Harassment, bullying, and discrimination are still prevalent in the workplace and did not end with the lockdown. Though restrictions are lifting, the toll of these three viruses on employee mental health is not. Awareness, however, is making a huge impact. With May being Mental Health Awareness Month, we wanted to shine a light on the good that is being done or can be done in your organization.
It’s a sign
The effects of harassment on an employee’s mental health can show up in many ways: decline in performance, poor attendance, disengagement, combative behavior, mental and physical illness, and even separation of employment. Some symptoms are more subtle and go undetected. Communication is more important than ever, especially with your remote employees. Check-in with each employee on a regular basis with a simple “How are you doing?” and “How can I help?”. Then listen! Make sure employees feel heard and supported. Work together to find suitable accommodations. If a claim of harassment is revealed or suspected, promptly investigate and follow-up with the employee on the outcome of the investigation.
Be an ally
“I don’t want to get involved.” “I’m afraid of retaliation if I come forward and report what I witnessed.” Have you ever had these thoughts? It may feel easier to stay quiet when you have been a witness to harassment or inappropriate behavior, but what if you were the one on the receiving end of the harassment? Would you want an ally to support you? In a previous post, we shared The 5 D’s of Bystander Intervention. By speaking up for those too fearful to do so on their own, you help prevent harassment from continuing in the workplace.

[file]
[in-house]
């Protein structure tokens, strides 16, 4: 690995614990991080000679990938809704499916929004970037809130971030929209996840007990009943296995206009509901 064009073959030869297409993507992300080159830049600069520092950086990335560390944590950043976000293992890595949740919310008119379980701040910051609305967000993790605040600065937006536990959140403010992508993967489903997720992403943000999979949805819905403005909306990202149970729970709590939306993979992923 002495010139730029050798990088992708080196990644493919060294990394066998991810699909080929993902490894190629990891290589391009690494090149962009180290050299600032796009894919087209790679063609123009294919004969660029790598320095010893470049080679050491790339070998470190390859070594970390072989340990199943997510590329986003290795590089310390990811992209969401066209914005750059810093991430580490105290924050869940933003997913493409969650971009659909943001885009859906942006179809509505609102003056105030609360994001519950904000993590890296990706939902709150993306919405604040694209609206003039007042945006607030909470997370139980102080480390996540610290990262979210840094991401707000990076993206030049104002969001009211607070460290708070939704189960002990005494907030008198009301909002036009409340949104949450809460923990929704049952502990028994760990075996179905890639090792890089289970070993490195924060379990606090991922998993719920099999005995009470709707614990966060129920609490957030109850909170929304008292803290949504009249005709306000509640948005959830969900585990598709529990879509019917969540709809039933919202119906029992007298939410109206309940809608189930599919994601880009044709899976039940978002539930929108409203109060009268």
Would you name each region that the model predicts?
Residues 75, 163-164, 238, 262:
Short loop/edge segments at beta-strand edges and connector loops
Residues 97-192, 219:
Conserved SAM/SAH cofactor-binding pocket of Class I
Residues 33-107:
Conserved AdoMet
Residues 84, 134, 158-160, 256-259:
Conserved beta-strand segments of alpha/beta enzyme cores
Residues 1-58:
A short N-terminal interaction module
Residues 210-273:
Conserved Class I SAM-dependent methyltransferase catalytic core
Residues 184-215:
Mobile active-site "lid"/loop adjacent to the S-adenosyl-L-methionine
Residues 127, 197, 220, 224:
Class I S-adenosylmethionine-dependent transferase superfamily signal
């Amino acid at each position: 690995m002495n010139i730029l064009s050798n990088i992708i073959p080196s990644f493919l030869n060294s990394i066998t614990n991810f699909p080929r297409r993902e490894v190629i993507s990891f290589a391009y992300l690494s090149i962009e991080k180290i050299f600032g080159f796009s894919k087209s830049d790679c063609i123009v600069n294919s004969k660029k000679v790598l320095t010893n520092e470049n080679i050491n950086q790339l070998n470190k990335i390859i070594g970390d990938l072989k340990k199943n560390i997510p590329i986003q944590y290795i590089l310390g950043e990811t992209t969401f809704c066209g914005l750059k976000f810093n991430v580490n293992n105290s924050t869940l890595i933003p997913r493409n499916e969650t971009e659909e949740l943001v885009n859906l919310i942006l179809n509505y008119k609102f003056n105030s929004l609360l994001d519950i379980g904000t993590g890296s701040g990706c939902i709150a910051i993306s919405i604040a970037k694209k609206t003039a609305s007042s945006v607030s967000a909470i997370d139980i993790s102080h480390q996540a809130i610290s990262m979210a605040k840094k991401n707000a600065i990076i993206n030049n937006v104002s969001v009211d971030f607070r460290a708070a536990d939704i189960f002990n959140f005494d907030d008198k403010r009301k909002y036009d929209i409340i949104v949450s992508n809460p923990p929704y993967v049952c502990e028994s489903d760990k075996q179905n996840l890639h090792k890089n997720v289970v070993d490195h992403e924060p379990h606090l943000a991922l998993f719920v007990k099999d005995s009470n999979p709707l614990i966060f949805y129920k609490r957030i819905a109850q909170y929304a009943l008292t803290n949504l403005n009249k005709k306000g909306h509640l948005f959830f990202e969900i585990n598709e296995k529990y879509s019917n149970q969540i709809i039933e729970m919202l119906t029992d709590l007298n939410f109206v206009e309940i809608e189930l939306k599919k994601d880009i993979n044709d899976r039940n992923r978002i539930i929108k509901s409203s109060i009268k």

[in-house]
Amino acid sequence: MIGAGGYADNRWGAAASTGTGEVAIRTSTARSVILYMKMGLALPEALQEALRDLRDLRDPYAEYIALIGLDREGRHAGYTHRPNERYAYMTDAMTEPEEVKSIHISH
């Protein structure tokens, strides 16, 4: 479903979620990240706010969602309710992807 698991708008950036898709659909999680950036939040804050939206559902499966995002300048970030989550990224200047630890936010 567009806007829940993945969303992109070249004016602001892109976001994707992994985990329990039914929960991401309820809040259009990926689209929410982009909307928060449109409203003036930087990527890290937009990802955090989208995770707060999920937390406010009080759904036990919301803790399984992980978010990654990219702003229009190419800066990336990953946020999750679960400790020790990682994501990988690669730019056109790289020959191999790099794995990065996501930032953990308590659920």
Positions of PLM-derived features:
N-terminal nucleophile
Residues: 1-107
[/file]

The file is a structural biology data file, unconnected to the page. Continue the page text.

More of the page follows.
Employees should feel both physically and mentally safe at work. Taking steps to prevent harassment shows the employee that the organization is invested in their wellbeing. This starts by developing anti-harassment policies and procedures. Follow those up by training every person in the organization. Some states like Illinois, New York, and California require employers to conduct sexual harassment training every year.
One step further
Providing an Employee Assistance Program (EAP) is a wonderful resource to give employees additional outlets to support their wellbeing. Check with your insurance providers to see what programs they offer. Other resources to consider might be offering a wellness benefit/stipend, modified schedule, additional time off, and volunteer opportunities.
Regularly revisit your policies and procedures to ensure they are effective and up-to-date. As part of the onboarding process, have new hires attend sexual harassment training. Review the benefits you provide; are they being utilized by your employees or are there other options available? And as always, talk with your employees. Provide them with assistance as needed. Set calendar reminders to follow up with them on any action items.
A healthy workplace is free from harassment of any kind. By fostering an environment of open communication with your employees, providing them with the support they need, and educating them with anti-harassment training, you are creating that healthy workplace. At Define the Line, we are committed to helping your organization reach that goal. Email us at email@example.com and let us know how we can support you.